These days it seems there are far too many claims that a particular herbal supplement can do many extraordinary things that not even doctors can figure out. The people selling these ‘miracle drugs’ attempt to impulse you straight to your pocket book…and succeed every day. Fortunately, there are ways to protect yourself from fraudulent claims and purchasing products that actually provide you the real ingredients of what you thought you were buying. There are two major organizations that have made it their job to validate the alternative supplements and allowing the placement of their stamp of approval on the approved products. These two organizations are the United States Pharmacopoeia and NSF International.
One piece of advice: never buy anything that claims to be an alternative treatment without first finding this stamp of approval. Why risk it? it is these organizations jobs to seek out and approve all the products that actually follow through with what they say. So if the stamp is not there, then it may very well mean that it has not been approved. That being said, there are many products out there seeking their approval but some have really managed to stand out as some of the more effective alternative medicines, thanks to the research done at universities such ad Harvard, Duke, and Stanford. These universities have been making it one of their main goals to research and find what herbal remedies really work and how. Several years of research have already been conducted and many alternative medicine practices have been deemed as effective.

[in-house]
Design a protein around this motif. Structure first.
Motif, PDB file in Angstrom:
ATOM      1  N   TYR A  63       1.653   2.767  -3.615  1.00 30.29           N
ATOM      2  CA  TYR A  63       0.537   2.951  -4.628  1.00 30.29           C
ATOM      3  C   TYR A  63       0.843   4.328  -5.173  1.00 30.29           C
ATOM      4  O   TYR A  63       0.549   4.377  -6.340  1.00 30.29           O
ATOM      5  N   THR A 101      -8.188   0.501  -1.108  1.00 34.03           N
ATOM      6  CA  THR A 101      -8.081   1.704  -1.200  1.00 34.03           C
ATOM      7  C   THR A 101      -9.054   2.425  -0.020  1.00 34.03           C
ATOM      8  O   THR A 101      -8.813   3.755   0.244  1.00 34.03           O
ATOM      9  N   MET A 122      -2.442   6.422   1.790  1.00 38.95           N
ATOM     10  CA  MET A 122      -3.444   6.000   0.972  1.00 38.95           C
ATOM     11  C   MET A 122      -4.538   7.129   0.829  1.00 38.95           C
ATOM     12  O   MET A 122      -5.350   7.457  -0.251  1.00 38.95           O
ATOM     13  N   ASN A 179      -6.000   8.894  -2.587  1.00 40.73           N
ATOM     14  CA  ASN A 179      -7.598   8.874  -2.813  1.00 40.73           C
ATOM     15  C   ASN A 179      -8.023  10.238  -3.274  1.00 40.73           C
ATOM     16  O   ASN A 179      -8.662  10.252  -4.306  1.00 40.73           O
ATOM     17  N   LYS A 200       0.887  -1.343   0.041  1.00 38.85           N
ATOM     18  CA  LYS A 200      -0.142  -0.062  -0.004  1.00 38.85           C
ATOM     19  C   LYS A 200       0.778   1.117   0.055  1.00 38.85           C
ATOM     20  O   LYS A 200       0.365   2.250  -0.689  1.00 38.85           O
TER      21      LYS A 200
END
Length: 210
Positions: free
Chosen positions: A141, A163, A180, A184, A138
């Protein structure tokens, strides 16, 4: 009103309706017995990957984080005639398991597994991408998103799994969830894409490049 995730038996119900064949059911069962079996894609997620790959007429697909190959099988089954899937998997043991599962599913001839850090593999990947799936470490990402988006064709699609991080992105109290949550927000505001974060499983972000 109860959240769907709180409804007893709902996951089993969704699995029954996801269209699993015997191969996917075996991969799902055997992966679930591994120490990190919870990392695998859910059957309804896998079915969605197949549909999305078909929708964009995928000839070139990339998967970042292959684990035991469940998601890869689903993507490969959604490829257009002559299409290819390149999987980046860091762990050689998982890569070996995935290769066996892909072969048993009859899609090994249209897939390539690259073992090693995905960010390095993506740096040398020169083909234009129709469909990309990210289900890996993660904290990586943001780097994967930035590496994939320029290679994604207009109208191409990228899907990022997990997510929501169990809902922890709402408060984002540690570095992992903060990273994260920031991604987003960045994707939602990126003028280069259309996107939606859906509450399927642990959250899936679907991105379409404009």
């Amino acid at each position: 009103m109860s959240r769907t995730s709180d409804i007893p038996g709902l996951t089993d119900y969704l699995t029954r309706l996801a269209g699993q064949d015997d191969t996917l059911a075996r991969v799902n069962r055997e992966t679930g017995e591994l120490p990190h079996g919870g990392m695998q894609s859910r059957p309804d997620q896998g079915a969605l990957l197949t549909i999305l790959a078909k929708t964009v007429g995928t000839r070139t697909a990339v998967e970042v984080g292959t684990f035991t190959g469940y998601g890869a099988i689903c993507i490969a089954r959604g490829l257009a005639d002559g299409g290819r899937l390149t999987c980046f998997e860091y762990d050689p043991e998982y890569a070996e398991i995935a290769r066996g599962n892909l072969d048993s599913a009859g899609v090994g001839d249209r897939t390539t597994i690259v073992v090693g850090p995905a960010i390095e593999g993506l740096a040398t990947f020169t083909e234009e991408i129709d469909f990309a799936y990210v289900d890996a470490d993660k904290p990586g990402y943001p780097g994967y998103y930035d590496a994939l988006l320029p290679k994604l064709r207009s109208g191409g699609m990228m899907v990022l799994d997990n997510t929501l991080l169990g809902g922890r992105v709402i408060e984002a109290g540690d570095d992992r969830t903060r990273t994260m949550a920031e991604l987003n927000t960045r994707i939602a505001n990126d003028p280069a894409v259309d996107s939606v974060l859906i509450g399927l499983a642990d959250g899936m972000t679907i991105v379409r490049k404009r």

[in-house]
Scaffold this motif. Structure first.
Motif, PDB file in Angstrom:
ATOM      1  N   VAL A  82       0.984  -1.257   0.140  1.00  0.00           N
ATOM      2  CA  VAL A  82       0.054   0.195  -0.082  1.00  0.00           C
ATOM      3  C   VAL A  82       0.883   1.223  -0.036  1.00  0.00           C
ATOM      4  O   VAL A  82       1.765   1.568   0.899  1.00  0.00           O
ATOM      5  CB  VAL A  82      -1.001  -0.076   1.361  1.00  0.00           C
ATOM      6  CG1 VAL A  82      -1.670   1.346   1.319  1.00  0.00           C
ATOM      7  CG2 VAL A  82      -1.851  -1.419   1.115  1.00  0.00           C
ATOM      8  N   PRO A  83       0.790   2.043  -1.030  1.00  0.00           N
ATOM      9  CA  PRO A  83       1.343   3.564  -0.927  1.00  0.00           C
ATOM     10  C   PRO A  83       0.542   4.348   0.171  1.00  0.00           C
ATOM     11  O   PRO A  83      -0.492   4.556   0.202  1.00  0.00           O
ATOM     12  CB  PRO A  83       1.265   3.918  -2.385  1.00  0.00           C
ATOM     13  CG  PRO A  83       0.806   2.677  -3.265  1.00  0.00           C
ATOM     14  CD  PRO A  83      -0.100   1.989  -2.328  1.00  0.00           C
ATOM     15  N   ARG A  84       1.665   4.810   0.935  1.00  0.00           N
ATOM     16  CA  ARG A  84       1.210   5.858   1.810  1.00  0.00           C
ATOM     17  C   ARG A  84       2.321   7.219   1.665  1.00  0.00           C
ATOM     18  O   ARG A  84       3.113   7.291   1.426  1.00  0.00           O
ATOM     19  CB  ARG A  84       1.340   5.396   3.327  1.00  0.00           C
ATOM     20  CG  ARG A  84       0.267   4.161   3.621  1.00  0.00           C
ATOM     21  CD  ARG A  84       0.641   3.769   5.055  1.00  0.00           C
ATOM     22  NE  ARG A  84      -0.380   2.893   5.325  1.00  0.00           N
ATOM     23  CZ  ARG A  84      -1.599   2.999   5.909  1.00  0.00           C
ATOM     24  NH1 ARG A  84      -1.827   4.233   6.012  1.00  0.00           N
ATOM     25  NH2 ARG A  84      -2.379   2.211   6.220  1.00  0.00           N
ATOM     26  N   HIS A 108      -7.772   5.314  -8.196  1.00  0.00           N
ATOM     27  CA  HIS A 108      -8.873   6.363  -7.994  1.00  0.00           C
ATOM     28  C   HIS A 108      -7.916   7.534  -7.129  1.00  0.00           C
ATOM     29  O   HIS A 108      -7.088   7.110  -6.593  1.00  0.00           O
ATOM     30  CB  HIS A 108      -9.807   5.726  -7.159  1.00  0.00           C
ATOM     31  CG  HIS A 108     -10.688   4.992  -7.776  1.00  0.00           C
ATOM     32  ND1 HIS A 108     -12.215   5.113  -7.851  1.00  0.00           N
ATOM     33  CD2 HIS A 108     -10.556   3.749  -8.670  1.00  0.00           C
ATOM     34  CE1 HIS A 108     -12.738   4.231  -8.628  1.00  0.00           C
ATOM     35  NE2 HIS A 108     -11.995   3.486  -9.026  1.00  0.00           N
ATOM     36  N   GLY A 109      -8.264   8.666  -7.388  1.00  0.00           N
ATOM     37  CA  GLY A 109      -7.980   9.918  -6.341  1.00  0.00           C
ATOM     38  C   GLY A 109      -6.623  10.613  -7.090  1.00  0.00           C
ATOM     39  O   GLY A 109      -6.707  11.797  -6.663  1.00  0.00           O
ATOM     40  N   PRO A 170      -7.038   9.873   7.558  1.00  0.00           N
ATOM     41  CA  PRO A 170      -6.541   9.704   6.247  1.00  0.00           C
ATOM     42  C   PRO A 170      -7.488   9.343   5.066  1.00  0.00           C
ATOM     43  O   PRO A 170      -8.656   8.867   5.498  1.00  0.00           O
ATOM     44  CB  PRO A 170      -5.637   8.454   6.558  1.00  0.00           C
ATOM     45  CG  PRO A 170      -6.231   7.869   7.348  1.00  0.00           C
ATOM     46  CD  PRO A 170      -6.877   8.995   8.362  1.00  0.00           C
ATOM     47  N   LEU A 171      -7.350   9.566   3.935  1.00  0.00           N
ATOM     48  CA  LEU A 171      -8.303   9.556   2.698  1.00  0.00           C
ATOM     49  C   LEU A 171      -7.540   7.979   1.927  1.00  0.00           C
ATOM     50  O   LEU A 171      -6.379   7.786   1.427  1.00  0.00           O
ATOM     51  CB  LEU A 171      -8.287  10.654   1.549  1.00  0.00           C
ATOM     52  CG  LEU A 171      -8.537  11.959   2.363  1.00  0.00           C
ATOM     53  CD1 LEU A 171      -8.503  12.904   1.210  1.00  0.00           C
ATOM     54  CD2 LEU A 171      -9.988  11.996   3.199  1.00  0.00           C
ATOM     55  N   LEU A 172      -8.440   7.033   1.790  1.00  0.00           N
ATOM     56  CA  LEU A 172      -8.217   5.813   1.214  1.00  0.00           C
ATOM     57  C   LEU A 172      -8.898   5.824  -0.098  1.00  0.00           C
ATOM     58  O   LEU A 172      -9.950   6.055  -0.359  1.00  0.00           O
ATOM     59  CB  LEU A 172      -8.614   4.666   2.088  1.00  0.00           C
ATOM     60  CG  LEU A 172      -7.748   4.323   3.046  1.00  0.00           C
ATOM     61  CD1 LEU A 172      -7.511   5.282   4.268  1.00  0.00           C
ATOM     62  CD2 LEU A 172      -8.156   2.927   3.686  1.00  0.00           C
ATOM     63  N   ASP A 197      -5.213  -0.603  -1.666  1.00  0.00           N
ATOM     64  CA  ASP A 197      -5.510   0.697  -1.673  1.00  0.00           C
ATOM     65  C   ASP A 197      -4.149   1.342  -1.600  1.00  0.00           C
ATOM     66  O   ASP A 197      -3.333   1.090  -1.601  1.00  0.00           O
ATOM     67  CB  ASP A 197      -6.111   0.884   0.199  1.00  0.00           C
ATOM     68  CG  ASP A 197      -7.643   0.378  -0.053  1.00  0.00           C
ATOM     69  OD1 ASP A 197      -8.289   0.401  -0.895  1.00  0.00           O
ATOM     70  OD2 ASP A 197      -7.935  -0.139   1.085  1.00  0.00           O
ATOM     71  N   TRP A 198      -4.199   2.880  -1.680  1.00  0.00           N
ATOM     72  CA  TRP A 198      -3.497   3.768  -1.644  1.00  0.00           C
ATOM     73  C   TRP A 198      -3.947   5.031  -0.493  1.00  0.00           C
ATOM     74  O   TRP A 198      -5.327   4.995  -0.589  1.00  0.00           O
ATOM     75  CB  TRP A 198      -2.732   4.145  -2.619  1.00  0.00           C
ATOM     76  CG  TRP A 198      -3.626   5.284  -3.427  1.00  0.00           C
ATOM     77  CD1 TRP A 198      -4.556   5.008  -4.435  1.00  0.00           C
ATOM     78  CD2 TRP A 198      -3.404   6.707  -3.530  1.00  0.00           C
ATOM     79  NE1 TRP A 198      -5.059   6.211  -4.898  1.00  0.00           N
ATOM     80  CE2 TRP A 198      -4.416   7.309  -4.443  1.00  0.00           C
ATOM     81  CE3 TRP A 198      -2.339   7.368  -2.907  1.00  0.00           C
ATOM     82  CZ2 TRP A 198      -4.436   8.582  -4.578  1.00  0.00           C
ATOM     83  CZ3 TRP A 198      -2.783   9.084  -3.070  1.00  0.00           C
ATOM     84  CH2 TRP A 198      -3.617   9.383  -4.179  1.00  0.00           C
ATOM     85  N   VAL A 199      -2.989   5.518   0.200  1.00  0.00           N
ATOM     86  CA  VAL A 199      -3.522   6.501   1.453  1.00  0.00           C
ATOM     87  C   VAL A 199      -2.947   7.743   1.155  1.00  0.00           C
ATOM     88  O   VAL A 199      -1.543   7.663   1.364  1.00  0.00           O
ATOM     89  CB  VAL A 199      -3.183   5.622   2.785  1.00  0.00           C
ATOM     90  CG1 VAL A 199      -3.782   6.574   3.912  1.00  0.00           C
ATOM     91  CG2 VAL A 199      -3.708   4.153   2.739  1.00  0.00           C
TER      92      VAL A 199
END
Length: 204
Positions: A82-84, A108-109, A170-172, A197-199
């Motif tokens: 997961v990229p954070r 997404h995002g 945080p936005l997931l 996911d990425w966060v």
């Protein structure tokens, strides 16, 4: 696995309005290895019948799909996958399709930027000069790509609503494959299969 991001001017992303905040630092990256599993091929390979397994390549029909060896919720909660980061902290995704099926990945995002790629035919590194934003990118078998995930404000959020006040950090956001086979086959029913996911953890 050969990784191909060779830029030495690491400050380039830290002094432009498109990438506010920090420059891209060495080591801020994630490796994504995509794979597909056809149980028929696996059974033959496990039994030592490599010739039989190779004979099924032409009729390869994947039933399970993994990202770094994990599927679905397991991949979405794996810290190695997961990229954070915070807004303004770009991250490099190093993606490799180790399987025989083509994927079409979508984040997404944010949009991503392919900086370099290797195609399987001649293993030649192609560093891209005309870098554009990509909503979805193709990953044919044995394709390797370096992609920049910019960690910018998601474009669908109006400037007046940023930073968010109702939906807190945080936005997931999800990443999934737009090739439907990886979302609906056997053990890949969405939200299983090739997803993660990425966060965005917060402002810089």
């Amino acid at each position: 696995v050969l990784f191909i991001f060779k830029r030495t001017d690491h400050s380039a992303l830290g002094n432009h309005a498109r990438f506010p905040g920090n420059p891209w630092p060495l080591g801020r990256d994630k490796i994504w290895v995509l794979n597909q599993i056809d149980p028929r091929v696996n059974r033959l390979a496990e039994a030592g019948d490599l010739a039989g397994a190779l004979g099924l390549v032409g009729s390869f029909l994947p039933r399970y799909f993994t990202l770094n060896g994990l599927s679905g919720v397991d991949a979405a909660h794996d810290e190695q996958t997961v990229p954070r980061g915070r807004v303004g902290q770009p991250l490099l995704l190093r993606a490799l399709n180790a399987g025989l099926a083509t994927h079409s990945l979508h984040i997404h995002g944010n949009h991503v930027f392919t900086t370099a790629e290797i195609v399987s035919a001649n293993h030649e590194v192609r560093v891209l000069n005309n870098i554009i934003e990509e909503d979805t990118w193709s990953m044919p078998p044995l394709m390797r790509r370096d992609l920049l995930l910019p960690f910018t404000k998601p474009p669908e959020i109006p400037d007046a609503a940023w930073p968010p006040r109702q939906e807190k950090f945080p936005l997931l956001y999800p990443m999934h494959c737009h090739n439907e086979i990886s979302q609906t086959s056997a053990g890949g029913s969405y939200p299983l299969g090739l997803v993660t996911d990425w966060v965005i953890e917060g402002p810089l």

Some of those effective alternative medicines include: acupuncture for pain, guided imagery (focusing on breathing and relaxation while taking the patient to another ‘place’), as well as glucosamine for joint pain. Also mentioned were alternative treatments for PMS using such supplements as calcium, magnesium, and vitamin B6 which all can have an impact on bloating and other strong effects of one’s period. For depression, it has been validated that St Johns Wort has evidence of it’s effectiveness for reducing the symptoms. However, those taking the supplement will more than likely not see any effect until after six to 8 weeks.
So when you hear the claims that a certain herb will cure those things which man has not been able to figure out after all the decades of research, maybe it would be a good idea to do a little of your own research. Find a valid practitioner who can assist you in finding the right alternative medicines and treatments which would be best for you. Valid practitioners are those who have actually studied alternative medicine and are included in the Consortium for Academic Health Centers for Integrative Medicine and who have a background in alternative medicine. If you do not seek professional advice, then make sure you look for the “USP” of “NSF” stamps of approval on the products before making your purchase.